Breathtaking Capital Destruction

I missed this excellent Lynne Kiesling post in my roundup. Lynne, who has forgotten more about regulation than I will ever learn, cites these “extremely disturbing facts” from David Yermack’s excellent WSJ piece:

  • GM and Ford are two companies that made the most money-losing investments in the 1980s; between them they “destroyed $110 billion in capital” in the decade, according to an analysis from the careful and renowned economist Michael Jensen.
  • Over the most recent decade, “the capital destruction by GM has been breathtaking,” $182 billion, and Yermack estimates that the aggregate capital investment in GM and Ford since 1980 has let to a net reduction in capital of $465 billion.
  • This is what I find particularly disturbing: with that $465 billion, “GM and Ford could have closed their own facilities and acquired all of the shares of Honda, Toyota, Nissan, and Volkswagen.”
  • “When a company makes money-losing investments, the cost falls upon all of society.” This observation means that we have already reduced our future economic well-being by $465 billion by his calculations, due to the persistence of these firms and their poor business decisions.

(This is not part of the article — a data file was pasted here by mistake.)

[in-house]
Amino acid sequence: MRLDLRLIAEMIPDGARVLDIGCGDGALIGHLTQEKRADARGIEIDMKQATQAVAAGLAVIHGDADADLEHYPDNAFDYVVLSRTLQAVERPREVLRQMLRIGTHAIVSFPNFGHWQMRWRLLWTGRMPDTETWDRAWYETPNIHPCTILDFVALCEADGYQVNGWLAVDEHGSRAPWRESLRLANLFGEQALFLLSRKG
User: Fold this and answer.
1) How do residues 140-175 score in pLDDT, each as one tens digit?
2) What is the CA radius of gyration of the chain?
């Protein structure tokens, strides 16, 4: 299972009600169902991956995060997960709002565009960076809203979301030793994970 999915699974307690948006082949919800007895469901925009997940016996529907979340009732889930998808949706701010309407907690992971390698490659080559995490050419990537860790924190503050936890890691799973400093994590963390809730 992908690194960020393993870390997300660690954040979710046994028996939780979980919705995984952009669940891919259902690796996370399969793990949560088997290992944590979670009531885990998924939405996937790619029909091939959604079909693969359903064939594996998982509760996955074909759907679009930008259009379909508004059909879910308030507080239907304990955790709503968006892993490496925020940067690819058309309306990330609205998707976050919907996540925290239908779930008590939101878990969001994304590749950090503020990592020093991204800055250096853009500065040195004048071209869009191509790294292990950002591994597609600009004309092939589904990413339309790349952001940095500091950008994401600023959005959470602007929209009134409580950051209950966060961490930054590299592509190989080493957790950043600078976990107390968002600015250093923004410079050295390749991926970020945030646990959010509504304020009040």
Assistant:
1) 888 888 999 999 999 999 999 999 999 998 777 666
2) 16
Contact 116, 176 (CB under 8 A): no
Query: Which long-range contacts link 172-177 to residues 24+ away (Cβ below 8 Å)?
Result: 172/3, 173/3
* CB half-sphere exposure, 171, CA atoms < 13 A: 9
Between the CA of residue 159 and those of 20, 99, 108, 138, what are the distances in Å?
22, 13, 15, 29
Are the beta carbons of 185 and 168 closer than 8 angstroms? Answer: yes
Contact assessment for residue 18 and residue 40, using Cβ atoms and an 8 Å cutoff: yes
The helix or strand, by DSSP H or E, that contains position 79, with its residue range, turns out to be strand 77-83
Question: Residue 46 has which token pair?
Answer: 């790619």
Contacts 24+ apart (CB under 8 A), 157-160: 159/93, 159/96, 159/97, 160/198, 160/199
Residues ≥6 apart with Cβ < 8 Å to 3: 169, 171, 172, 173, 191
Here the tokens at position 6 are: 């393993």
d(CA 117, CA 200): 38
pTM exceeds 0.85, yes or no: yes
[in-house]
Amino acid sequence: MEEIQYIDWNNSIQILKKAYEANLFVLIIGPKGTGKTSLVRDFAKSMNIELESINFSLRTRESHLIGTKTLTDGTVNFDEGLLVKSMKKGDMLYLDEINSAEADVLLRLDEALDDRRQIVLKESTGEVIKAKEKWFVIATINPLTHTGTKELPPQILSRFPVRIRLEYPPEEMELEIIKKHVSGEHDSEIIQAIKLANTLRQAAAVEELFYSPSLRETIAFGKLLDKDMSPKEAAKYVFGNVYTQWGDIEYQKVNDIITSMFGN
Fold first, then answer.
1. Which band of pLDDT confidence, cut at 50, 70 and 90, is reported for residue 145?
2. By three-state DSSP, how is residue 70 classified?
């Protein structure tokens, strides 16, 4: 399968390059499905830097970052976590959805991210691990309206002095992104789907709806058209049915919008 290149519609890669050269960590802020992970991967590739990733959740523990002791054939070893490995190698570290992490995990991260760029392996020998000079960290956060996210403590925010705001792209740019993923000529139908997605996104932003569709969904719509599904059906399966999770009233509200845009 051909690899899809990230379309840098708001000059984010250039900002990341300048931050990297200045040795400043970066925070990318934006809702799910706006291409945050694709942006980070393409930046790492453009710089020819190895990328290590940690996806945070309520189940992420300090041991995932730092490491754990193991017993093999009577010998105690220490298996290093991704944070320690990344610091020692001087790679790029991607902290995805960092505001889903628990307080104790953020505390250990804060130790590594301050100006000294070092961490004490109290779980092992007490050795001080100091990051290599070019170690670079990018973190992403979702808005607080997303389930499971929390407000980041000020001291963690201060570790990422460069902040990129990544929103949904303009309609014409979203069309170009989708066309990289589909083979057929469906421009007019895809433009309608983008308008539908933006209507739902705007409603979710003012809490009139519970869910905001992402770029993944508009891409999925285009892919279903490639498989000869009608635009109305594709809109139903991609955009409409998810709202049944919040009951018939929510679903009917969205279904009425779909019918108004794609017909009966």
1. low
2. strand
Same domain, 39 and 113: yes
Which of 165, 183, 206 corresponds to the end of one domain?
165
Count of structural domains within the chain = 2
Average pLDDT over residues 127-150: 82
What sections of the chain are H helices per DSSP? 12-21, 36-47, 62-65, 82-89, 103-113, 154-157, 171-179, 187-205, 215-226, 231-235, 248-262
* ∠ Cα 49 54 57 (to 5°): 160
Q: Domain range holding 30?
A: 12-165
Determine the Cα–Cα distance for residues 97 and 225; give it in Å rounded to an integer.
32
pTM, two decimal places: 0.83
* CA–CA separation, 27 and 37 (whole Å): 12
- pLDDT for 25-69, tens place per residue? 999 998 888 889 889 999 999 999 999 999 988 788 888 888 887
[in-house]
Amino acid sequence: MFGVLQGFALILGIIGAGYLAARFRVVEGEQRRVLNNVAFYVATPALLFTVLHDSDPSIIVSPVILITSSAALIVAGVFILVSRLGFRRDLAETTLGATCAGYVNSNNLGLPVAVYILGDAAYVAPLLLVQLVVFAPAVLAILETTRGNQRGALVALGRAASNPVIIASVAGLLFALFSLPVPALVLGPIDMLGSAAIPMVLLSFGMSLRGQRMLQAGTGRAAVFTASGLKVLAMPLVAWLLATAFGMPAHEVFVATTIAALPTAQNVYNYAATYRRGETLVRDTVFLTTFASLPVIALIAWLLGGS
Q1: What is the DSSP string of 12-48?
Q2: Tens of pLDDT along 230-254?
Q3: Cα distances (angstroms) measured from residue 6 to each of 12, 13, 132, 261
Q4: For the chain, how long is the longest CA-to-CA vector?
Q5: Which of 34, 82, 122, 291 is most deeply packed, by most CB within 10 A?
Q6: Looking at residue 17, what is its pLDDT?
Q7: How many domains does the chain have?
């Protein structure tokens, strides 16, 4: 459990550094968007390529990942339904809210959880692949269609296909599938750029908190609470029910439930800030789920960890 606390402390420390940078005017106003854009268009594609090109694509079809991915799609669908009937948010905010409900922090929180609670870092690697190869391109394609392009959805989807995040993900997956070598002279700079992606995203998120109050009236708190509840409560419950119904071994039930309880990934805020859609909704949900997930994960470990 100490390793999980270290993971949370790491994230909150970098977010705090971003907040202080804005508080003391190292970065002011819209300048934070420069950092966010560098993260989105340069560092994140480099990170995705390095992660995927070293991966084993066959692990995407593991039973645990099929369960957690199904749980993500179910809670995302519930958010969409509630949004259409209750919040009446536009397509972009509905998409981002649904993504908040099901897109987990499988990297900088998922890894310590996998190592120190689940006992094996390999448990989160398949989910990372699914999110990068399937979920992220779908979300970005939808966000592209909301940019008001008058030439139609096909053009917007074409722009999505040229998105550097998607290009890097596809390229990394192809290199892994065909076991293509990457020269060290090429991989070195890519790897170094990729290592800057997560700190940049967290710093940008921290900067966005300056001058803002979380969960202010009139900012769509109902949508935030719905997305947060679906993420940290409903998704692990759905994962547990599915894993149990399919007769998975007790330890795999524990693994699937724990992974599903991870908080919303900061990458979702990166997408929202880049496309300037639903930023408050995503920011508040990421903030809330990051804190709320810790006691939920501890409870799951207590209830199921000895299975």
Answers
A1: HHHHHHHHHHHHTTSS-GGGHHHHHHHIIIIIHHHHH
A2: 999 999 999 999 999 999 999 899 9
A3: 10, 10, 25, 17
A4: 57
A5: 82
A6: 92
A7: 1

This is what I’m talking about. There is a reason firms like this need to go out of business: human welfare.

What about Felix Salmon’s argument that in the current credit environment, regular bankruptcy won’t work out, and so the government should put up some money to help finance the reallocation of GM’s assets? Sure. The important thing to me isn’t that the government does nothing, but that it doesn’t unustly and irrationally throw fresh wads of taxpayer money at the world champions of “capital destruction.” Felix links approvingly to Ryan Avent’s suggestion:

If Congress can pass a special, tailor-made rescue bill for the automakers, then certainly it can also pass a special, tailor-made bankruptcy bill for them.

This, too, would be a carnival for egregious favor-seeking, but if existing bankruptcy law is insufficient in the current climate (and I don’t feel like I know that, but it’s certainly plausible),  then this may make the most sense. The important thing to me is that capital and productive assets find their way to their most productive uses, and in a way that sustains a general structure of institutions that facilitates efficiency and welfare improvements in a stable way over the long run.

Author: Will Wilkinson

Vice President for Research at the Niskanen Center